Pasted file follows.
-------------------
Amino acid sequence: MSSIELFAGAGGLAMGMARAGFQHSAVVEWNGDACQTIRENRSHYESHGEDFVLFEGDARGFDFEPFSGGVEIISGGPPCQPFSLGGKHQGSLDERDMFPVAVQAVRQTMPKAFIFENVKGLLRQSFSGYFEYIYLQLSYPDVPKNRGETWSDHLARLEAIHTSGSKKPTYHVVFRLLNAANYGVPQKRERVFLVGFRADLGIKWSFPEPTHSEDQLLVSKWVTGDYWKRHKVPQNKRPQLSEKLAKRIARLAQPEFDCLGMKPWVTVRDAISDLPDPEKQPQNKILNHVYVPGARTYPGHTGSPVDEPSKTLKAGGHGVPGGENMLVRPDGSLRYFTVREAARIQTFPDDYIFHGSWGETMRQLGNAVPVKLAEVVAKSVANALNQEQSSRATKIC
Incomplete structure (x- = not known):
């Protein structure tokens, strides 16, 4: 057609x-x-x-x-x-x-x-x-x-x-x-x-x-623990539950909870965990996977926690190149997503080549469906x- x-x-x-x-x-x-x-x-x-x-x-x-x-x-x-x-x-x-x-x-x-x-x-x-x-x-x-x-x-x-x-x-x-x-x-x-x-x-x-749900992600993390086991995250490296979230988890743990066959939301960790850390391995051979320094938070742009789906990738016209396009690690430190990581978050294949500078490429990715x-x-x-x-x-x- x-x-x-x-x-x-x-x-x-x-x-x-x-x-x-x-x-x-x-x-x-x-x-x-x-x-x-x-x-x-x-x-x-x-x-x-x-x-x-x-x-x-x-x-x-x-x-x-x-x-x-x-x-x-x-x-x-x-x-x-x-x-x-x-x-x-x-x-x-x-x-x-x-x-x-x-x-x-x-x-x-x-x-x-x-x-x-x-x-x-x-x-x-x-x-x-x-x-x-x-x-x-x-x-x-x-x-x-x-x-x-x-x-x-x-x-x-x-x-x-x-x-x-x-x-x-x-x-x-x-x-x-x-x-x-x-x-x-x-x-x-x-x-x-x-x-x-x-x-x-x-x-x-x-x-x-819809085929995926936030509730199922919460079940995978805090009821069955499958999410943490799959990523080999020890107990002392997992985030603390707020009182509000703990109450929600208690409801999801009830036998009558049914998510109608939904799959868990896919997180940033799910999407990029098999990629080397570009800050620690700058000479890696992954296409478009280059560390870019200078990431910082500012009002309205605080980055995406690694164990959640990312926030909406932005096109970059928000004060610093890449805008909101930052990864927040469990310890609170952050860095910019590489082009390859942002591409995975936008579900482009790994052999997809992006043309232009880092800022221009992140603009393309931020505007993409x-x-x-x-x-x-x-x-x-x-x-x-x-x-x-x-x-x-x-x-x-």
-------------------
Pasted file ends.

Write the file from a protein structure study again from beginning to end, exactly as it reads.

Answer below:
Amino acid sequence: MSSIELFAGAGGLAMGMARAGFQHSAVVEWNGDACQTIRENRSHYESHGEDFVLFEGDARGFDFEPFSGGVEIISGGPPCQPFSLGGKHQGSLDERDMFPVAVQAVRQTMPKAFIFENVKGLLRQSFSGYFEYIYLQLSYPDVPKNRGETWSDHLARLEAIHTSGSKKPTYHVVFRLLNAANYGVPQKRERVFLVGFRADLGIKWSFPEPTHSEDQLLVSKWVTGDYWKRHKVPQNKRPQLSEKLAKRIARLAQPEFDCLGMKPWVTVRDAISDLPDPEKQPQNKILNHVYVPGARTYPGHTGSPVDEPSKTLKAGGHGVPGGENMLVRPDGSLRYFTVREAARIQTFPDDYIFHGSWGETMRQLGNAVPVKLAEVVAKSVANALNQEQSSRATKIC
Incomplete structure (x- = not known):
């Protein structure tokens, strides 16, 4: 057609x-x-x-x-x-x-x-x-x-x-x-x-x-623990539950909870965990996977926690190149997503080549469906x- x-x-x-x-x-x-x-x-x-x-x-x-x-x-x-x-x-x-x-x-x-x-x-x-x-x-x-x-x-x-x-x-x-x-x-x-x-x-x-749900992600993390086991995250490296979230988890743990066959939301960790850390391995051979320094938070742009789906990738016209396009690690430190990581978050294949500078490429990715x-x-x-x-x-x- x-x-x-x-x-x-x-x-x-x-x-x-x-x-x-x-x-x-x-x-x-x-x-x-x-x-x-x-x-x-x-x-x-x-x-x-x-x-x-x-x-x-x-x-x-x-x-x-x-x-x-x-x-x-x-x-x-x-x-x-x-x-x-x-x-x-x-x-x-x-x-x-x-x-x-x-x-x-x-x-x-x-x-x-x-x-x-x-x-x-x-x-x-x-x-x-x-x-x-x-x-x-x-x-x-x-x-x-x-x-x-x-x-x-x-x-x-x-x-x-x-x-x-x-x-x-x-x-x-x-x-x-x-x-x-x-x-x-x-x-x-x-x-x-x-x-x-x-x-x-x-x-x-x-x-x-819809085929995926936030509730199922919460079940995978805090009821069955499958999410943490799959990523080999020890107990002392997992985030603390707020009182509000703990109450929600208690409801999801009830036998009558049914998510109608939904799959868990896919997180940033799910999407990029098999990629080397570009800050620690700058000479890696992954296409478009280059560390870019200078990431910082500012009002309205605080980055995406690694164990959640990312926030909406932005096109970059928000004060610093890449805008909101930052990864927040469990310890609170952050860095910019590489082009390859942002591409995975936008579900482009790994052999997809992006043309232009880092800022221009992140603009393309931020505007993409x-x-x-x-x-x-x-x-x-x-x-x-x-x-x-x-x-x-x-x-x-």